The Tories have sold these investments off : North Sea Oil and Gas, Railways, Energy production / Electricity, British Telecom, Royal Mail, Rolls Royce, BP, Jaguar, British Airways. Privatised the water industry, parts of the NHS, Prison system, Military assets, Land.
These assets and institutions used to provide us with profit that is used to reinvest in industry, improve our infrastructure and support public institutions. Now those profits go to the corporations who run them and on top of that we have to pay them subsidies to do so. While they take that profit out of our economy and funnel it through tax havens.
For instance our railway’s profits are going to the Chinese, Indian, Italian , Dutch , French and German companies that own them to support cheaper rail networks in their respective countries”. -Steven Parker.
When I was 16 I started courting a girl, but there was no real passion in the relationship, so I decided I needed a more passionate girl with a zest for life.
The following year I dated a really passionate girl, but she was far too emotional. Everything was an emergency; she was a drama queen, cried all the time and threatened to commit suicide, so I decided to look for a girl with stability.
When I was 20 I found a really exiting young woman, and I thought I had found my forever partner, so we got married. She was great fun initially, but things turned sour after a while, but we stuck together because of the children. Unfortunately she was so smart and ambitious she divorced me and took everything I owned.
In my 50’s I met a lovely lady and we became good friends. I was with her for 11 years, the best years of my adult life. Eventually she died and I was devastated.
Now that I’m 80 I’m looking for a young woman who is unattached, rich, a nymphomaniac, has a Mercedes (or a Lamborgini, I’m not fussy) owns a pub, has a house in France, a diesel yacht moored in Cannes, and will care for me in my Autumn years and maintain my mobility scooter. Not much to ask for really.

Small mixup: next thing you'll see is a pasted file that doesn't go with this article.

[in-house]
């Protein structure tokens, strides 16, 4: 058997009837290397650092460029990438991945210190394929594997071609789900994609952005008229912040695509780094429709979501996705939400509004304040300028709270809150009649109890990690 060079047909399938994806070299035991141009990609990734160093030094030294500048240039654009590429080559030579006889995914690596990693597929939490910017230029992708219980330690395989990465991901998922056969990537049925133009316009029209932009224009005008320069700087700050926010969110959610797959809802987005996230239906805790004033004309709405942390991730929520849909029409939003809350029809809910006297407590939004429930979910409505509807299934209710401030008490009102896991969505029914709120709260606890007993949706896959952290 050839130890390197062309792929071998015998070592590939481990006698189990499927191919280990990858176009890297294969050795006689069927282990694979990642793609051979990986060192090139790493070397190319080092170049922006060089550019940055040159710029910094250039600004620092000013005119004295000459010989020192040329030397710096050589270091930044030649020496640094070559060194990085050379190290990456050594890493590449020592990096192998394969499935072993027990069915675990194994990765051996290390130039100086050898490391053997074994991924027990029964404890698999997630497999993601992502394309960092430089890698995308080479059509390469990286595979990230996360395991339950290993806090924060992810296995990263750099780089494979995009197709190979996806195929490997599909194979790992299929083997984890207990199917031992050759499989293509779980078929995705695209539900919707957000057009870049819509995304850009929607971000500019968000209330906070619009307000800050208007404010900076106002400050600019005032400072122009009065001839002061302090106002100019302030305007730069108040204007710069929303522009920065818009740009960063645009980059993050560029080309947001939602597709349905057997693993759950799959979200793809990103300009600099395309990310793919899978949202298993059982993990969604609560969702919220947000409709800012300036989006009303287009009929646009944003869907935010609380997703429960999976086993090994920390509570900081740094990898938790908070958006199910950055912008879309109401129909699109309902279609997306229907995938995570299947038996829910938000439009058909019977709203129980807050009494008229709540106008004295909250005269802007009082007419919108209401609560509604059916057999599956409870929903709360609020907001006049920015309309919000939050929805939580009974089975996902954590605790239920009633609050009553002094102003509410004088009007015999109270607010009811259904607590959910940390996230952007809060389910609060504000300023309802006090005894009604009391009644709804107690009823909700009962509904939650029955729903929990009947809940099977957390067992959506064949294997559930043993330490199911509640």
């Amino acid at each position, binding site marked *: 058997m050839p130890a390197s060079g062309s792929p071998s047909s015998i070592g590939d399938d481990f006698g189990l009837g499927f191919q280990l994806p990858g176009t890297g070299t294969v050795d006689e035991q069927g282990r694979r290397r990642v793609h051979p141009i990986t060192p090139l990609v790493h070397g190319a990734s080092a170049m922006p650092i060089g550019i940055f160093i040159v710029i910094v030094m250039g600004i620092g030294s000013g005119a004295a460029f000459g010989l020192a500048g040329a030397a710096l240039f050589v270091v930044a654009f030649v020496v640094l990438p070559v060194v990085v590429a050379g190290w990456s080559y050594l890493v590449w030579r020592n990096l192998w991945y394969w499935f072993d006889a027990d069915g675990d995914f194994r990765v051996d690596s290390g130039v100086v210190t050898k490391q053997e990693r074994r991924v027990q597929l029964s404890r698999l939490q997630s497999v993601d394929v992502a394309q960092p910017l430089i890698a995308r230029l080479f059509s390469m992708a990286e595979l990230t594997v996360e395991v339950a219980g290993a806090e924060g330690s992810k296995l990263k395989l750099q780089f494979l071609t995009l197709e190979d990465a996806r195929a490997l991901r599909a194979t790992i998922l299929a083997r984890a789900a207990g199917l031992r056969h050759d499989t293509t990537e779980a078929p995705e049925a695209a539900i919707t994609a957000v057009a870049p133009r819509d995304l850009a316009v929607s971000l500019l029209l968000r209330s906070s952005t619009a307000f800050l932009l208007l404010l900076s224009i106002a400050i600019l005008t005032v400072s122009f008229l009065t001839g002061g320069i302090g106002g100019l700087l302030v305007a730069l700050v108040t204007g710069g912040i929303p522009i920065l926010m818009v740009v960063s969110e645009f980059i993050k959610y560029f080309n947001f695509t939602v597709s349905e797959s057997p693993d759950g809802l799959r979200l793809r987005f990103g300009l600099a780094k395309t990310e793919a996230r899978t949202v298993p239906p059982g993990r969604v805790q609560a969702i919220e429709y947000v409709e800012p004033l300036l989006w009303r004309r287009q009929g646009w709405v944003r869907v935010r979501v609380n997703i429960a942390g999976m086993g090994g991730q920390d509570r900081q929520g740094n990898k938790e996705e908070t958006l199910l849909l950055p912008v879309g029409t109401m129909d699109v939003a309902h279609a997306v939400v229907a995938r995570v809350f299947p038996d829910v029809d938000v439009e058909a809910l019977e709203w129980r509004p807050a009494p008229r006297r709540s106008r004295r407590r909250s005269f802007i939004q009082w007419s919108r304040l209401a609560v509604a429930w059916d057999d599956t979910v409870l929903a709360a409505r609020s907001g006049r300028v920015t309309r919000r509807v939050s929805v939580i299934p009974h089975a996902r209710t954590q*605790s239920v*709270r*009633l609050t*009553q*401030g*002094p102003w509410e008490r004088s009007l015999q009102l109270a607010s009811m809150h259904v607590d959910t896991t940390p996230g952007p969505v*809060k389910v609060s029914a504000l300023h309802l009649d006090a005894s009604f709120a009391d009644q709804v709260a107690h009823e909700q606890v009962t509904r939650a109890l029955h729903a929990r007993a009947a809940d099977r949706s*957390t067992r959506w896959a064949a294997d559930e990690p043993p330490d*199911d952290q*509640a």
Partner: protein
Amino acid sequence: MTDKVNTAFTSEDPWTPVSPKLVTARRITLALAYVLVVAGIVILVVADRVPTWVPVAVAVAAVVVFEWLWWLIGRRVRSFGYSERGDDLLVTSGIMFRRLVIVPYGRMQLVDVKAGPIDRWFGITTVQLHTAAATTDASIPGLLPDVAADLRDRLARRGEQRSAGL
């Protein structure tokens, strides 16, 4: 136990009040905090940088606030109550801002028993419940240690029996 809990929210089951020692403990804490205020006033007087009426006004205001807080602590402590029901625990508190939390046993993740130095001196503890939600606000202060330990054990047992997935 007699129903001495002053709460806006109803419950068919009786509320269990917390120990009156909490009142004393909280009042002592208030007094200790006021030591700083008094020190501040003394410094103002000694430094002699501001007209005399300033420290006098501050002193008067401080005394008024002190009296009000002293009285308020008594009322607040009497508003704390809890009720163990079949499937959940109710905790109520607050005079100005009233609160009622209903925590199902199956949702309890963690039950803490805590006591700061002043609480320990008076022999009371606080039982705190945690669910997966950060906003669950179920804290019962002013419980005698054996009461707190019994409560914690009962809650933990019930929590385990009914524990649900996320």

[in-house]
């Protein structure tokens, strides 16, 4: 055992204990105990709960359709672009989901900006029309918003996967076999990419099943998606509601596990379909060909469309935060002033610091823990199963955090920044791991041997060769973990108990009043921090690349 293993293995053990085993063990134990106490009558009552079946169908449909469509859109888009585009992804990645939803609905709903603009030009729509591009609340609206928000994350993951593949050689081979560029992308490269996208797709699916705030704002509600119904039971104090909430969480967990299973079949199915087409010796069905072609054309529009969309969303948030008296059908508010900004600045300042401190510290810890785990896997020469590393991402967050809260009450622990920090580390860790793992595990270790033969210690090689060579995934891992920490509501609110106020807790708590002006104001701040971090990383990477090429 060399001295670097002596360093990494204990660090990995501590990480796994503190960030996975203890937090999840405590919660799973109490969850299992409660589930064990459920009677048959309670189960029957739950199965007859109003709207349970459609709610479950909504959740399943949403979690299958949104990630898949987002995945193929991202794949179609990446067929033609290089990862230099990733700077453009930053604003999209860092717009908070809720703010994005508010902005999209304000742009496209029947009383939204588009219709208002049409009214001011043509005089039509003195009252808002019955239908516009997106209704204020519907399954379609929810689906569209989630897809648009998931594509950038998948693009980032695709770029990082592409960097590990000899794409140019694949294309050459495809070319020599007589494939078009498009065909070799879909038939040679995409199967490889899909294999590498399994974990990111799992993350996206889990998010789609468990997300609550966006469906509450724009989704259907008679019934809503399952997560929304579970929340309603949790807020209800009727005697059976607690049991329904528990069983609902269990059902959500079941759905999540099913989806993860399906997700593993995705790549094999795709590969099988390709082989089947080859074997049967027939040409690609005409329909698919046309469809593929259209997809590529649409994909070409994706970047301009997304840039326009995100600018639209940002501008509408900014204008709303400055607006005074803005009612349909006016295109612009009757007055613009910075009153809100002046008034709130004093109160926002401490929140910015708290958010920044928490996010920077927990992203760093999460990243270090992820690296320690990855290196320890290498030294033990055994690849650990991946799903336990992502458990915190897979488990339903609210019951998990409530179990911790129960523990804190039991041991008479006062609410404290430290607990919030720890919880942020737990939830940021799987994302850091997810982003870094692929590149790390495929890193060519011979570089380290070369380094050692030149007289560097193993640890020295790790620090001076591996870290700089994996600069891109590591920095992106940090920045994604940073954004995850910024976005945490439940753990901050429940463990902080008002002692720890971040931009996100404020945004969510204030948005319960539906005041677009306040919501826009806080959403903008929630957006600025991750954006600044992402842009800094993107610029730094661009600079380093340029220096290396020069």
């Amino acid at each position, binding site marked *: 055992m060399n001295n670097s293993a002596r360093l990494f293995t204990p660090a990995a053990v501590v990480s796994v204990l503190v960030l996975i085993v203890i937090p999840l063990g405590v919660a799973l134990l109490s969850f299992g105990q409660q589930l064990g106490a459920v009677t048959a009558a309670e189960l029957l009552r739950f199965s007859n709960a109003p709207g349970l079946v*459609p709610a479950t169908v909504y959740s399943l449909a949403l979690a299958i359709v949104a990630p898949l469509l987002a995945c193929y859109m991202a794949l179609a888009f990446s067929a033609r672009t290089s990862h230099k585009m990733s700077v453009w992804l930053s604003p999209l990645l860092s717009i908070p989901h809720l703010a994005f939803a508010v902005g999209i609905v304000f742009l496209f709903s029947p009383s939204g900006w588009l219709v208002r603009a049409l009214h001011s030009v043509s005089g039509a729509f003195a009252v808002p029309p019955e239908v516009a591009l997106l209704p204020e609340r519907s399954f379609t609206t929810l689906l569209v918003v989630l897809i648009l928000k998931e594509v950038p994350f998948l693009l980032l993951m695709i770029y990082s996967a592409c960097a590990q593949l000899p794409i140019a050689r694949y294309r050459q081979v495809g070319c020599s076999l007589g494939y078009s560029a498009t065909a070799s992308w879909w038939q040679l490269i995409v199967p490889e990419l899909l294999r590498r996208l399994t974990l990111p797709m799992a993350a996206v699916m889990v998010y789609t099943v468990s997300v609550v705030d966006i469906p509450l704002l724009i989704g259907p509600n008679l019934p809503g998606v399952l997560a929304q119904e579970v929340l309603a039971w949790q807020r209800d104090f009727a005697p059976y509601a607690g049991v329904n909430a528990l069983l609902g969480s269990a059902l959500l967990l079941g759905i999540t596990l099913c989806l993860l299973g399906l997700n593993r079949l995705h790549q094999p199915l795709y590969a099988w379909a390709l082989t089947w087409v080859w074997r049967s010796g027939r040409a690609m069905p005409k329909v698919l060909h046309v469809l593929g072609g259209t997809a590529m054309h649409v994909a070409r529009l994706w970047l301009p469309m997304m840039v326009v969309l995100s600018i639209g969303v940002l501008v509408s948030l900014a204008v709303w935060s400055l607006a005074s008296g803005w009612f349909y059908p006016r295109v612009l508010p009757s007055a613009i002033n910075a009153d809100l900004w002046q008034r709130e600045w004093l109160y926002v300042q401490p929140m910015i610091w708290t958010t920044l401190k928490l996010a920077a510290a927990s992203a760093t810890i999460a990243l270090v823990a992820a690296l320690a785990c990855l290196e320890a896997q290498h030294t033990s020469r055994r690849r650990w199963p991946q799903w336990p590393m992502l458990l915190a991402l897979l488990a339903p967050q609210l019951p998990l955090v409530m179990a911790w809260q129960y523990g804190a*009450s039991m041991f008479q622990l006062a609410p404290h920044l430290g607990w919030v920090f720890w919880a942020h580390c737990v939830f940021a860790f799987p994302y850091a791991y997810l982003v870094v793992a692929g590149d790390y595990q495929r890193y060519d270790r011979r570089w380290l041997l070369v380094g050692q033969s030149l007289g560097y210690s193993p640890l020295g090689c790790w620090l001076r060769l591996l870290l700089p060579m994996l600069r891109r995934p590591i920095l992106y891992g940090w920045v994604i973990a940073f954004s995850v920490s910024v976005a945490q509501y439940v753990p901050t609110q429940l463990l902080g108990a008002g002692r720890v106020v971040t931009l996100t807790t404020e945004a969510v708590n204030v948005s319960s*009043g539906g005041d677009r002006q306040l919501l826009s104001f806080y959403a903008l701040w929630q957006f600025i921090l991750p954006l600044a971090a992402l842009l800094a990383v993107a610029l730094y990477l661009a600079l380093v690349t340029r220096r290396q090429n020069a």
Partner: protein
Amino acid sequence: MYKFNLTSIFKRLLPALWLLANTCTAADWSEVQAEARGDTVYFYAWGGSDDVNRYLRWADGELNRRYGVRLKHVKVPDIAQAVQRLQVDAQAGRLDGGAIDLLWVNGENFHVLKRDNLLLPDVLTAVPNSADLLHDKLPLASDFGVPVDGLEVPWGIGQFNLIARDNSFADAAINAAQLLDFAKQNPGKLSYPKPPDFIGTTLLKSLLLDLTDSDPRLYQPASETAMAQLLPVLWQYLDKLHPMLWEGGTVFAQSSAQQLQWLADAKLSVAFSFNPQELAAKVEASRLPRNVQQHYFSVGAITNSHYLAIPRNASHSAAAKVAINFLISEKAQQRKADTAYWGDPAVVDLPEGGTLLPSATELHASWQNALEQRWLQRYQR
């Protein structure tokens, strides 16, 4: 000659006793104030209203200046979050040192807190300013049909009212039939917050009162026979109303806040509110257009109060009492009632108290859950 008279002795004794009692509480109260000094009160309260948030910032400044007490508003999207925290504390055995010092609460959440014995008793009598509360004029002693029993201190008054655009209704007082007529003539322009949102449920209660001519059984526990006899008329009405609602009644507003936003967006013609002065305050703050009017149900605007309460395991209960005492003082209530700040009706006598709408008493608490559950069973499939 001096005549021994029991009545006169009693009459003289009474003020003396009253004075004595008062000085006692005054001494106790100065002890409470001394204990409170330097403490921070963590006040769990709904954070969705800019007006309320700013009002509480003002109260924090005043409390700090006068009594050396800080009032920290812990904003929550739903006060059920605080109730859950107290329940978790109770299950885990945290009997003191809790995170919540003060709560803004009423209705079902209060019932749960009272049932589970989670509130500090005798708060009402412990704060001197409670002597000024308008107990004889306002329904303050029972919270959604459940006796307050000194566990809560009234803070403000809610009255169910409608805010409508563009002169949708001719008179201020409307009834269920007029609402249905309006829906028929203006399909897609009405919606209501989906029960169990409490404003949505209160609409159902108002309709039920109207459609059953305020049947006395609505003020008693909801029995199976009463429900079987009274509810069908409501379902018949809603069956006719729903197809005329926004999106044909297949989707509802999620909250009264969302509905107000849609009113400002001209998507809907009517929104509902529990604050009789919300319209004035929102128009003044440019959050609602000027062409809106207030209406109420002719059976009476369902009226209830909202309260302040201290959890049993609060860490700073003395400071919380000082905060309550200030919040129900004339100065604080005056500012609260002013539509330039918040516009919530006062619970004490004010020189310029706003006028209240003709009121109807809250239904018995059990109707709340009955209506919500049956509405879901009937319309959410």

Does anyone out there know of such a woman? If so, can you put me in touch with her as soon as possible? There would be a few quid in it for you!
I know it’s hard to resist dwelling on the past. I am tempted at times to dwell on the past because in my younger days life seemed so difficult. I made bad decisions that affected the family and the people around me. There isn’t anything I can do now to wipe the slate clean. What I have done is to resolve never to make such bad decisions again.
After my divorce I had to move on and start a new life. I met a lovely Irish lady, Pat, and we hit it off immediately. This time I changed my outlook on life and made a conscious decision to make this relationship work by following the Quaker code of living, as she did. Life was great with Pat, and I appreciate the memories of those 11 years we spent together, being with Pat and sharing our lives together to me was the best time of my life. Unfortunately Pat died 13 years ago, and I had a hard time of coming to terms with it, but I must not hanker for those times and have moved on.
I try to see the past as a separate room from the one I live in now. I can go there, but I don’t live there anymore.
I now leave a little space for myself each day. What do I do with that time? Answer; absolutely nothing! This is a little space just for me (me-time), a breather, a time to sit still and do nothing. Just breathe. I sit there for about 15 minutes, just meditating, and not worrying, just ‘being’ while I meditate on the pleasure of being alive. Well, it’s better than the alternative!
When in town on Monday I met an old flame hadn’t seen for many years. To my old eyes she still looked as beautiful now as she was then. Over the years I have often wished I had asked her to marry me, but at that time I was too busy living the high life with my mates. When I did decide to ask her, I found out she had recently married someone else.
She had her granddaughter with her, a very pretty teenager with impeccable manners. I suggested that we went for a coffee at Costa Lot to catch up on the events of the last lost years.